Ruben * Colorado :)

Offline Me

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Re: Arctic Brewery and Mobile Fermentation Trailer
« Reply #8 on: August 24, 2010, 11:26:40 AM »
Historical brewing is a great topic and I really enjoy seeing a homebrewer take on a challenge such as this one. There are many breweries that have uncovered old beer recipes (New Belguim 1554, Dogfish Head Midas Touch, Six Point Craft Ales Dr.Klankenstein), and I hope to see the Mobile Fermentation Trailer (and other homebrewers) on more historical beer adventures. Hey, it would make a great TV series!
Beer is proof that god loves us and wants us to be happy-
BF

Offline mrbowenz

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Re: Arctic Brewery and Mobile Fermentation Trailer
« Reply #9 on: August 24, 2010, 03:04:18 PM »
Thanks all , I like the idea of taking it on the road and telling the story, much of the shows about beer and wine for example are in a pub setting or over a dinner, the new concepts are refreshing ( such as Sam's new show due out this fall ) but the idea here is adding excitement and adventure ...on the road, or on the ship or the motorcycle, it's extreme brewing is it's purest sense.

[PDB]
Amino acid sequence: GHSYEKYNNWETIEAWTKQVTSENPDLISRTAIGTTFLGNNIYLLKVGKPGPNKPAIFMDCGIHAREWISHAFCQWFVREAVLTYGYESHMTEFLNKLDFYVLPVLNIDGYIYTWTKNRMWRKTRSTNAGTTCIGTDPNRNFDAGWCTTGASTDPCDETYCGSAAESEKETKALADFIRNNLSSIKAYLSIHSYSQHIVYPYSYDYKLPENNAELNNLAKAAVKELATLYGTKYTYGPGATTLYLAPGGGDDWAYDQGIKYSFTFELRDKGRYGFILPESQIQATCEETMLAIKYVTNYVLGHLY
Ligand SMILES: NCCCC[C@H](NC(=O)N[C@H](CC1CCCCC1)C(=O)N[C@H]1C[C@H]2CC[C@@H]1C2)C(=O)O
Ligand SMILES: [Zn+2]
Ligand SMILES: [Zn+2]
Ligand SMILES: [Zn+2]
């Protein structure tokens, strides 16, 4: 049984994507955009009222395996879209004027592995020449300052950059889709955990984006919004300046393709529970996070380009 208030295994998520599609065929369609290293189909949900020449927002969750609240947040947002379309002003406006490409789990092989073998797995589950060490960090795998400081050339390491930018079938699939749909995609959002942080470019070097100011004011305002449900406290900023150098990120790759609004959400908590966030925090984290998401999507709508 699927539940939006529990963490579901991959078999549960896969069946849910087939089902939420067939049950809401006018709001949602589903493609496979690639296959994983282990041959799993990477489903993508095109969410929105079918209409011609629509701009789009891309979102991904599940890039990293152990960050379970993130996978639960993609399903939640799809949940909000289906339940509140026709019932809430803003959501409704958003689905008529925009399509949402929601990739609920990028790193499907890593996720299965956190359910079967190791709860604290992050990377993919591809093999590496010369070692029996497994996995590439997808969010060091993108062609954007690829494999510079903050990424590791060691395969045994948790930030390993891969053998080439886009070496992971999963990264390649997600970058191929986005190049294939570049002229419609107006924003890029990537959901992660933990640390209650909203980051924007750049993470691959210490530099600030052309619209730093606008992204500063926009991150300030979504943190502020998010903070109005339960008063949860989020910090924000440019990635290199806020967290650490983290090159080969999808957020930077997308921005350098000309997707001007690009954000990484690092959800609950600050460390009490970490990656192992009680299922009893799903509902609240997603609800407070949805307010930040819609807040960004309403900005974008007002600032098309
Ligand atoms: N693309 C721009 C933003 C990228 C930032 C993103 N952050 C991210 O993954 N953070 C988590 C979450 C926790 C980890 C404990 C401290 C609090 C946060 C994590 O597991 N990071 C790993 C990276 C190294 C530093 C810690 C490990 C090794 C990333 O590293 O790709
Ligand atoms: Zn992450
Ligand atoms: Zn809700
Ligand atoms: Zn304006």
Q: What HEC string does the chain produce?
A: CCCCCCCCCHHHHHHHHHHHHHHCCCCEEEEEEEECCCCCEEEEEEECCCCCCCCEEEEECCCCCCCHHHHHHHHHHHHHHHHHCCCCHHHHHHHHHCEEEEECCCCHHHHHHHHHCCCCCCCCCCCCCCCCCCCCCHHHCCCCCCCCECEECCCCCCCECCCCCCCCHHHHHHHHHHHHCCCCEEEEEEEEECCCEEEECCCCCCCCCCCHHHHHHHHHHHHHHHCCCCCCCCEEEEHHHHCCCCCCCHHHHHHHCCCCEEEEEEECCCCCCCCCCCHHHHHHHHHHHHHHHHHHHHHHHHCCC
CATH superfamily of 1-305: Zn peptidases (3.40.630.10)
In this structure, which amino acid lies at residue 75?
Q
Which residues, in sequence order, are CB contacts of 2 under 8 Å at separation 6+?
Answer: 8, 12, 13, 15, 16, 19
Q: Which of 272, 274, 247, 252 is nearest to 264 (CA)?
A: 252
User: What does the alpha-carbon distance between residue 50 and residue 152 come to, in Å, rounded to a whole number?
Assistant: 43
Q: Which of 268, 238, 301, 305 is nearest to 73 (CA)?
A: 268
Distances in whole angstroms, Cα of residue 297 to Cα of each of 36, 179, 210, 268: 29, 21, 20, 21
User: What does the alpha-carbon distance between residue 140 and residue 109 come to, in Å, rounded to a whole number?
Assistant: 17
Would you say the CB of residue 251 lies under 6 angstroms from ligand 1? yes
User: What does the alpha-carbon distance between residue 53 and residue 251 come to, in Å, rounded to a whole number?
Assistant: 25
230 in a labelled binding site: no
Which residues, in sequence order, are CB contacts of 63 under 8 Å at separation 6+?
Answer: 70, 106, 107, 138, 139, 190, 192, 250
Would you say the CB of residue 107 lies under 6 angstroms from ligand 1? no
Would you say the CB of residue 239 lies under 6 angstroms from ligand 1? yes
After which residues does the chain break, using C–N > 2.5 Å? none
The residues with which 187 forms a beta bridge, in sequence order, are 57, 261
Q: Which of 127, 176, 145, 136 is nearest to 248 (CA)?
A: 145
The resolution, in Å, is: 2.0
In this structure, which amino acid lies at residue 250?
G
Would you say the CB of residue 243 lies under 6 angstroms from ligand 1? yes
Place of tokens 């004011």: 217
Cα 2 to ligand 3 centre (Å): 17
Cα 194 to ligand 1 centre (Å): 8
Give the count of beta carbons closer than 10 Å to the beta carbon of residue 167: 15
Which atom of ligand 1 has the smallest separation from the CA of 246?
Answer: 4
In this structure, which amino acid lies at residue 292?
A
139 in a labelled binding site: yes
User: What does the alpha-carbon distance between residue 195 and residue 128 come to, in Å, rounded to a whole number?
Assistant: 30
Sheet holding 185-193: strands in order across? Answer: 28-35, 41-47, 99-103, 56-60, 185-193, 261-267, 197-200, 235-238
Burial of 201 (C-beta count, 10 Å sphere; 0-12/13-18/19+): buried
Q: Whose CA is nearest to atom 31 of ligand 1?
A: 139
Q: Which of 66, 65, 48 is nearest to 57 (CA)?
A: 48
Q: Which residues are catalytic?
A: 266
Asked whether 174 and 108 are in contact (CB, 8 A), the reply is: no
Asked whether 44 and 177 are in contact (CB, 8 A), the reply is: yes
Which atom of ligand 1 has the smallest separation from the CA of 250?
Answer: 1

It's easy to make beer in a brewery, a fresh idea is not adding an unusual ingredient (beer is the oldest drink known to mankind, and if you think by adding something new to your boil kettle or fermenter hasn't been done before?, well it probably has).This is not for everyone, but i you have a passion for beer, history and adventure, this is it.
Brewing up history

Offline Milwaukee Mike

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Re: Arctic Brewery and Mobile Fermentation Trailer
« Reply #10 on: August 24, 2010, 09:10:26 PM »
This is one movie that I have to see!
Mike Rice
Beer Barons of Milwaukee

Offline euge

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Re: Arctic Brewery and Mobile Fermentation Trailer
« Reply #11 on: August 24, 2010, 10:43:30 PM »
That brewery would be the envy of any homebrewer. Awesome experience to be sure. I'm looking forward to seeing this one and any others.
The first principle is that you must not fool yourself, and you are the easiest person to fool. -Richard P. Feynman

Offline narcout

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Re: Arctic Brewery and Mobile Fermentation Trailer
« Reply #12 on: August 26, 2010, 08:51:00 PM »
I am totally floored and definitely looking forward to seeing this on film.

I read an article about your trip the other week, how does one go about getting a bottle of your beer?


Offline tubercle

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Re: Arctic Brewery and Mobile Fermentation Trailer
« Reply #13 on: August 26, 2010, 09:18:51 PM »
Damn it, boy....
Sweet Caroline where the Sun rises over the deep blue sea and sets somewhere beyond Tennessee

Offline Thirsty_Monk

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Re: Arctic Brewery and Mobile Fermentation Trailer
« Reply #14 on: August 27, 2010, 09:38:37 AM »
Pretty cool.